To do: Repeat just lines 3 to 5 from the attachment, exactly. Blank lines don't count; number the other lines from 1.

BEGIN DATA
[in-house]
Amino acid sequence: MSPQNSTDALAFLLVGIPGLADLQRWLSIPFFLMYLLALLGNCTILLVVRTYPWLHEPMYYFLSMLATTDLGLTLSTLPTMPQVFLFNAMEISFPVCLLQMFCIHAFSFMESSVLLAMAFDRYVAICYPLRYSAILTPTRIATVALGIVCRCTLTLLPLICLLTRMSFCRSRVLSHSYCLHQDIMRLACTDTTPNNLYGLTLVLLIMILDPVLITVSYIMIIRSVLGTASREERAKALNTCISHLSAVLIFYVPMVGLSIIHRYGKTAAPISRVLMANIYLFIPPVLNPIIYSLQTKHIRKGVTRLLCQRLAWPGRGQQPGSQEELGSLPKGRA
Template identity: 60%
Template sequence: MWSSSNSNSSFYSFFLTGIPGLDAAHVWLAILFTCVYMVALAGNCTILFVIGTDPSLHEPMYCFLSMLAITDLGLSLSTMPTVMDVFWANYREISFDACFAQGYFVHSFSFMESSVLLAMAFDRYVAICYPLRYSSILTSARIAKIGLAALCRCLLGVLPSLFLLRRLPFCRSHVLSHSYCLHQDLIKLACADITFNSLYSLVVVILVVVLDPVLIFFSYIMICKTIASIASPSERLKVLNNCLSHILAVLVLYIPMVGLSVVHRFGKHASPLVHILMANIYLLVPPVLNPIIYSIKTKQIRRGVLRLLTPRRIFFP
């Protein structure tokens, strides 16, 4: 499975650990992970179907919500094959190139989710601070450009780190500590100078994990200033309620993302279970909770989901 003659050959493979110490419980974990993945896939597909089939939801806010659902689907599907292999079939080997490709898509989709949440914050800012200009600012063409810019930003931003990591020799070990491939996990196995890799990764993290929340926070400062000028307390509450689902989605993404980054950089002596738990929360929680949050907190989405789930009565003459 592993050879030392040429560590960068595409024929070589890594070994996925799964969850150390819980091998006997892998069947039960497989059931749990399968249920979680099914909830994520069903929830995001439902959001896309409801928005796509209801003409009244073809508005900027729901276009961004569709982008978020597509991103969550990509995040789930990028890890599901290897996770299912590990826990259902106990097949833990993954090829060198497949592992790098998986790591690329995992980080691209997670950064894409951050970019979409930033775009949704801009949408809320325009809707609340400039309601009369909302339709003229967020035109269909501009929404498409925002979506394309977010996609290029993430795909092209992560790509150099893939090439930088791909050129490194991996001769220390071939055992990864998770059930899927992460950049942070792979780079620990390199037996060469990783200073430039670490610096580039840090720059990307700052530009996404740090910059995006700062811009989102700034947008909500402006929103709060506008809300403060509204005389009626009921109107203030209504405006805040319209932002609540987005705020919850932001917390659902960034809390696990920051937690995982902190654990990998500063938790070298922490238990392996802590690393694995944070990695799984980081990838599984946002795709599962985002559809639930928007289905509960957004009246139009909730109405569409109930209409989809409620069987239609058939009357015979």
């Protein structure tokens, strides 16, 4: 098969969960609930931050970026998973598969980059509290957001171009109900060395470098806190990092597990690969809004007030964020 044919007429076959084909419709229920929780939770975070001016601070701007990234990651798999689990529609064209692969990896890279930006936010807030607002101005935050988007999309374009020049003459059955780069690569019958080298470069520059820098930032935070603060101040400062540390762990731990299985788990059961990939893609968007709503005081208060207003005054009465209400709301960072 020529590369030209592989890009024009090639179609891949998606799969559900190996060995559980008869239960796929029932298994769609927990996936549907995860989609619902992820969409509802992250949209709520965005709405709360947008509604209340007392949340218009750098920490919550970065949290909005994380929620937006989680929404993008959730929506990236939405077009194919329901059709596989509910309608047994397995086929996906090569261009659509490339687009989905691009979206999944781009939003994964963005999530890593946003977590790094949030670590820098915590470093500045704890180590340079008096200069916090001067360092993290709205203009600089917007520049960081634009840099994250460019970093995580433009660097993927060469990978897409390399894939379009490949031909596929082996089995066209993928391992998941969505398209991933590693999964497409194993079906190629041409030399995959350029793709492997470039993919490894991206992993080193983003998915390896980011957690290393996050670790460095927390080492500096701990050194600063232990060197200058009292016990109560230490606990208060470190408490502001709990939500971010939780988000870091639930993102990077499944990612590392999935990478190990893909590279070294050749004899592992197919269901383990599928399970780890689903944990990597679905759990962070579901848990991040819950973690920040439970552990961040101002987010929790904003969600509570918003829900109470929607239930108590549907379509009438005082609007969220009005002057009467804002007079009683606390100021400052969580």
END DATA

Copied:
Template identity: 60%
Template sequence: MWSSSNSNSSFYSFFLTGIPGLDAAHVWLAILFTCVYMVALAGNCTILFVIGTDPSLHEPMYCFLSMLAITDLGLSLSTMPTVMDVFWANYREISFDACFAQGYFVHSFSFMESSVLLAMAFDRYVAICYPLRYSSILTSARIAKIGLAALCRCLLGVLPSLFLLRRLPFCRSHVLSHSYCLHQDLIKLACADITFNSLYSLVVVILVVVLDPVLIFFSYIMICKTIASIASPSERLKVLNNCLSHILAVLVLYIPMVGLSVVHRFGKHASPLVHILMANIYLLVPPVLNPIIYSIKTKQIRRGVLRLLTPRRIFFP
């Protein structure tokens, strides 16, 4: 499975650990992970179907919500094959190139989710601070450009780190500590100078994990200033309620993302279970909770989901 003659050959493979110490419980974990993945896939597909089939939801806010659902689907599907292999079939080997490709898509989709949440914050800012200009600012063409810019930003931003990591020799070990491939996990196995890799990764993290929340926070400062000028307390509450689902989605993404980054950089002596738990929360929680949050907190989405789930009565003459 592993050879030392040429560590960068595409024929070589890594070994996925799964969850150390819980091998006997892998069947039960497989059931749990399968249920979680099914909830994520069903929830995001439902959001896309409801928005796509209801003409009244073809508005900027729901276009961004569709982008978020597509991103969550990509995040789930990028890890599901290897996770299912590990826990259902106990097949833990993954090829060198497949592992790098998986790591690329995992980080691209997670950064894409951050970019979409930033775009949704801009949408809320325009809707609340400039309601009369909302339709003229967020035109269909501009929404498409925002979506394309977010996609290029993430795909092209992560790509150099893939090439930088791909050129490194991996001769220390071939055992990864998770059930899927992460950049942070792979780079620990390199037996060469990783200073430039670490610096580039840090720059990307700052530009996404740090910059995006700062811009989102700034947008909500402006929103709060506008809300403060509204005389009626009921109107203030209504405006805040319209932002609540987005705020919850932001917390659902960034809390696990920051937690995982902190654990990998500063938790070298922490238990392996802590690393694995944070990695799984980081990838599984946002795709599962985002559809639930928007289905509960957004009246139009909730109405569409109930209409989809409620069987239609058939009357015979």